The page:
Starbucks Eyes Plant-Based Food, Reusable Packaging In Latest Sustainability Push
Starbucks Corp aims to add more plant-based food and drinks to its menu, make its packaging reusable and invest in better waste-management, CEO Kevin Johnson said on Tuesday, as part of the company's...
Starbucks Corp aims to add more plant-based food and drinks to its menu, make its packaging reusable and invest in better waste-management, CEO Kevin Johnson said on Tuesday, as part of the company's latest plan to become more environmentally friendly.
Starbucks - which sells sausage breakfast-sandwiches, chicken wraps and smoked salmon bagels with cream cheese - did not say by when it would start offering the plant-based items or shift from single-use cups and plastic.
A spokeswoman told Reuters that the company is exploring meat alternatives for its breakfast menu, but declined comment on potential suppliers.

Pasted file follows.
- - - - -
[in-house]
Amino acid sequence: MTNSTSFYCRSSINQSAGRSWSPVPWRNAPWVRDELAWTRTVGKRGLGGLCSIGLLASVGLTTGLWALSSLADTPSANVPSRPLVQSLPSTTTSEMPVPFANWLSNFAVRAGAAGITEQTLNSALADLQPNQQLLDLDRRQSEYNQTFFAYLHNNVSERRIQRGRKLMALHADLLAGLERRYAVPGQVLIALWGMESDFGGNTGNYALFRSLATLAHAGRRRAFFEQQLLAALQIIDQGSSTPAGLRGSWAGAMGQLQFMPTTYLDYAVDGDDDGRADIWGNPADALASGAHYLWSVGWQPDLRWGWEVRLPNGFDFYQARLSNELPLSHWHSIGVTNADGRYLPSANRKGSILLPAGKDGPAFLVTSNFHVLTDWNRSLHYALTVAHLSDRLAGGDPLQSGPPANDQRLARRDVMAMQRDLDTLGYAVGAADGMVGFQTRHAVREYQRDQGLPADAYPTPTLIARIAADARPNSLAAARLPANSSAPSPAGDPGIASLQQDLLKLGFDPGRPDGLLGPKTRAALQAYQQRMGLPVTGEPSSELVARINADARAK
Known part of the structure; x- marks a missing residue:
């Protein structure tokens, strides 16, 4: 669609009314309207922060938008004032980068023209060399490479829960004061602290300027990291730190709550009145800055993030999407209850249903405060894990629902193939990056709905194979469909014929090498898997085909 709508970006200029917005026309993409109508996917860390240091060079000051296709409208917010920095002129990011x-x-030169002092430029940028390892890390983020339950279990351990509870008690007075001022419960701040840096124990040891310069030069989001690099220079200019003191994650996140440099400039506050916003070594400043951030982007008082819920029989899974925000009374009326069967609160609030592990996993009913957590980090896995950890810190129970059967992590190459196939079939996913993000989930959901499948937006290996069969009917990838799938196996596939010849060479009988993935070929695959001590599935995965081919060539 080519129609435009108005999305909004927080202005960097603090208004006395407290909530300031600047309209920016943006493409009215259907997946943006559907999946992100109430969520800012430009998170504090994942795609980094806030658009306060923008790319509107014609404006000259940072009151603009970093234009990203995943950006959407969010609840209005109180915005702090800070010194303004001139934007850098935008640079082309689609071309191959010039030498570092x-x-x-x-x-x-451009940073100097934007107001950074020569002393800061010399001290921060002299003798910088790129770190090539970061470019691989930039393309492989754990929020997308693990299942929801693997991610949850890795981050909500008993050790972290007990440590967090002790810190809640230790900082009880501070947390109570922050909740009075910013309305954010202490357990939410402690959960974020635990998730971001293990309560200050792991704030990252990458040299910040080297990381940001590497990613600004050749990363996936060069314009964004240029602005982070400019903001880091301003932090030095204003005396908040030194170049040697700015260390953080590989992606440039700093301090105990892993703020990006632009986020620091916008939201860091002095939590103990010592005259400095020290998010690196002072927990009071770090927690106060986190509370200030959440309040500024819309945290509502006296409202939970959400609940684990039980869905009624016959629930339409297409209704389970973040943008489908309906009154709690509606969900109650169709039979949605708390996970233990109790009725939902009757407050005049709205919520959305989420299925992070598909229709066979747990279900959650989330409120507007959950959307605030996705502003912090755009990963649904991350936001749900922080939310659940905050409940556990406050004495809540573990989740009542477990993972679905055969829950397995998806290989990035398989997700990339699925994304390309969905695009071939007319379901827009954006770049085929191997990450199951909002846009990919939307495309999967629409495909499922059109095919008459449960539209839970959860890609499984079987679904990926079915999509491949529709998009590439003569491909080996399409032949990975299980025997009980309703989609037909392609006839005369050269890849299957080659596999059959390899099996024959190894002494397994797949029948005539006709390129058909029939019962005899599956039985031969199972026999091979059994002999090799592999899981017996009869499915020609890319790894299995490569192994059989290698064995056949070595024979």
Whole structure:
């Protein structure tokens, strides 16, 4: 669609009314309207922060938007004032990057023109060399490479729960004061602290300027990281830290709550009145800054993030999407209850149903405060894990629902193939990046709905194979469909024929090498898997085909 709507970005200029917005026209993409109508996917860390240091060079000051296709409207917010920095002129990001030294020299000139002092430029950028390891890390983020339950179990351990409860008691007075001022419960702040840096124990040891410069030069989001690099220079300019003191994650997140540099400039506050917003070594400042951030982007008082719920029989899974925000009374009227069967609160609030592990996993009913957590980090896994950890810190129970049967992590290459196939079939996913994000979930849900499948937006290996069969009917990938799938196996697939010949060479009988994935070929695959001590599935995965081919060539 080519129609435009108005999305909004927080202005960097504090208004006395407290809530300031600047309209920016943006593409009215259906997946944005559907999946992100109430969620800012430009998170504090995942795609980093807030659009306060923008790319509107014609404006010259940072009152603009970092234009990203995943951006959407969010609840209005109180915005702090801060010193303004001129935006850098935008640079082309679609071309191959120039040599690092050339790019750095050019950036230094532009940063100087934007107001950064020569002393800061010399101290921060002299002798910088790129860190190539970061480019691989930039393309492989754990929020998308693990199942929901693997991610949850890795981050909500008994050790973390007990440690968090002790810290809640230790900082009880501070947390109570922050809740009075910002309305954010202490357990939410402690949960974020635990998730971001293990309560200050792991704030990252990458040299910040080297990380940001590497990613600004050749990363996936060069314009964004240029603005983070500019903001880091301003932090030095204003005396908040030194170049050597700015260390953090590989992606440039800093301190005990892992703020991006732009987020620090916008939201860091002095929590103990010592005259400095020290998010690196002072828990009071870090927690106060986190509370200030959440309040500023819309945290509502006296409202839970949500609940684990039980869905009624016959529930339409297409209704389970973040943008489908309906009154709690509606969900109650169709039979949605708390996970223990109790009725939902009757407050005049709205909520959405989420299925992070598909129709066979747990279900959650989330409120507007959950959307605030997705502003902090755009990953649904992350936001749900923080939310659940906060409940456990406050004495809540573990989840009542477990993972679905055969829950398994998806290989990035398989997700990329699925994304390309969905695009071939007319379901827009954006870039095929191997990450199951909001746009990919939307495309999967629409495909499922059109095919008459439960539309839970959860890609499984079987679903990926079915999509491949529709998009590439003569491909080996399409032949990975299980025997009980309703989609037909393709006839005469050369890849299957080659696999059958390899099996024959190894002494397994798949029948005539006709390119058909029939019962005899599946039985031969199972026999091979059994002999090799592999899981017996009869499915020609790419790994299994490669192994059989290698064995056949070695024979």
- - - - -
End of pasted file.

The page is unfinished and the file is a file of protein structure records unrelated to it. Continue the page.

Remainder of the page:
Over the past year, with the rise of companies like Beyond Meat and Impossible Foods, 'plant-based' has become a food industry buzzword and several major brands and restaurants have raced to offer such products.
The plant-based meat category is expected to be worth $140 billion in the next decade, according to Barclays.
For now, the world's largest coffee chain has laid out targets for 2030 including halving landfill waste from stores, and carbon emissions from its direct operations and supply chain.
These targets were informed by research from the World Wildlife Fund and sustainability consultant Quantis.
Starbucks, which uses about six billion cups a year at its more than 30,000 outlets, has failed in the past to meet some of its own environmental goals including making 25% of its cups reusable by 2015.
The target was revised to serving 5% of its beverages in personal tumblers by 2015, which Starbucks also missed. The Seattle-based company's abundant use of containers, lids and straws has been criticized by consumers as well as activist groups for decades.
To be sure, some of its goals have been met, such as a 2008 plan to buy enough renewable energy certificates to power all of its company-operated stores by 2015.